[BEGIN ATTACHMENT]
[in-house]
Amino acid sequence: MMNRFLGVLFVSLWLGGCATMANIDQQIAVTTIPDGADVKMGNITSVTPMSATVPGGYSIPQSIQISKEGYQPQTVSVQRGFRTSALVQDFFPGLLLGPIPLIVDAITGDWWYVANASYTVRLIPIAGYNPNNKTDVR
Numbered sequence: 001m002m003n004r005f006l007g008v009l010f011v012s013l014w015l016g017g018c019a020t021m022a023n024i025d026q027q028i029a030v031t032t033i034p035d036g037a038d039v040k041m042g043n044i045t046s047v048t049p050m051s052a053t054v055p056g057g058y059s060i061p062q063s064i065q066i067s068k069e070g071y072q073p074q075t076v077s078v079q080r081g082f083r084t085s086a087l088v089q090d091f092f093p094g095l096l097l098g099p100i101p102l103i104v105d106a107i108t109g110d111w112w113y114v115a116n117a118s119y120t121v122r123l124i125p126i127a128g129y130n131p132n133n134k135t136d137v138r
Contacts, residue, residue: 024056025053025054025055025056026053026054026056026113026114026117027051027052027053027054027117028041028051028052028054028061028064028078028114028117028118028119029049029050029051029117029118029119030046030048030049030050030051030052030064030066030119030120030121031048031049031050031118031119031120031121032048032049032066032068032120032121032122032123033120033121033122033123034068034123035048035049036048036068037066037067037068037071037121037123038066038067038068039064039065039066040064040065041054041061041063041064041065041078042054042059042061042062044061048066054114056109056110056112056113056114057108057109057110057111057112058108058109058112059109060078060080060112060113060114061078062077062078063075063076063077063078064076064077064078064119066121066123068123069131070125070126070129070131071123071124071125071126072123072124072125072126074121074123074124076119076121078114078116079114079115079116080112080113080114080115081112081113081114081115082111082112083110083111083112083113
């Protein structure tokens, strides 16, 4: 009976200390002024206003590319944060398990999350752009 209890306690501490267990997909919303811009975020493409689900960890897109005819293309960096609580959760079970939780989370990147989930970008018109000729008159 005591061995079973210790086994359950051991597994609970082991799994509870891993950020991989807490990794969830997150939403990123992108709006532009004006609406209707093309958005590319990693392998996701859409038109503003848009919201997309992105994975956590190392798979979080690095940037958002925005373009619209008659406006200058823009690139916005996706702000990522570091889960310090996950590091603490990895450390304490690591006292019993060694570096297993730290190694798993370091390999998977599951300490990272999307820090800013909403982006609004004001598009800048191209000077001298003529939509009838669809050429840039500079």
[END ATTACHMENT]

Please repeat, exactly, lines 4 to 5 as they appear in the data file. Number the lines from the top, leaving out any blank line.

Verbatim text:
Contacts, residue, residue: 024056025053025054025055025056026053026054026056026113026114026117027051027052027053027054027117028041028051028052028054028061028064028078028114028117028118028119029049029050029051029117029118029119030046030048030049030050030051030052030064030066030119030120030121031048031049031050031118031119031120031121032048032049032066032068032120032121032122032123033120033121033122033123034068034123035048035049036048036068037066037067037068037071037121037123038066038067038068039064039065039066040064040065041054041061041063041064041065041078042054042059042061042062044061048066054114056109056110056112056113056114057108057109057110057111057112058108058109058112059109060078060080060112060113060114061078062077062078063075063076063077063078064076064077064078064119066121066123068123069131070125070126070129070131071123071124071125071126072123072124072125072126074121074123074124076119076121078114078116079114079115079116080112080113080114080115081112081113081114081115082111082112083110083111083112083113
């Protein structure tokens, strides 16, 4: 009976200390002024206003590319944060398990999350752009 209890306690501490267990997909919303811009975020493409689900960890897109005819293309960096609580959760079970939780989370990147989930970008018109000729008159 005591061995079973210790086994359950051991597994609970082991799994509870891993950020991989807490990794969830997150939403990123992108709006532009004006609406209707093309958005590319990693392998996701859409038109503003848009919201997309992105994975956590190392798979979080690095940037958002925005373009619209008659406006200058823009690139916005996706702000990522570091889960310090996950590091603490990895450390304490690591006292019993060694570096297993730290190694798993370091390999998977599951300490990272999307820090800013909403982006609004004001598009800048191209000077001298003529939509009838669809050429840039500079």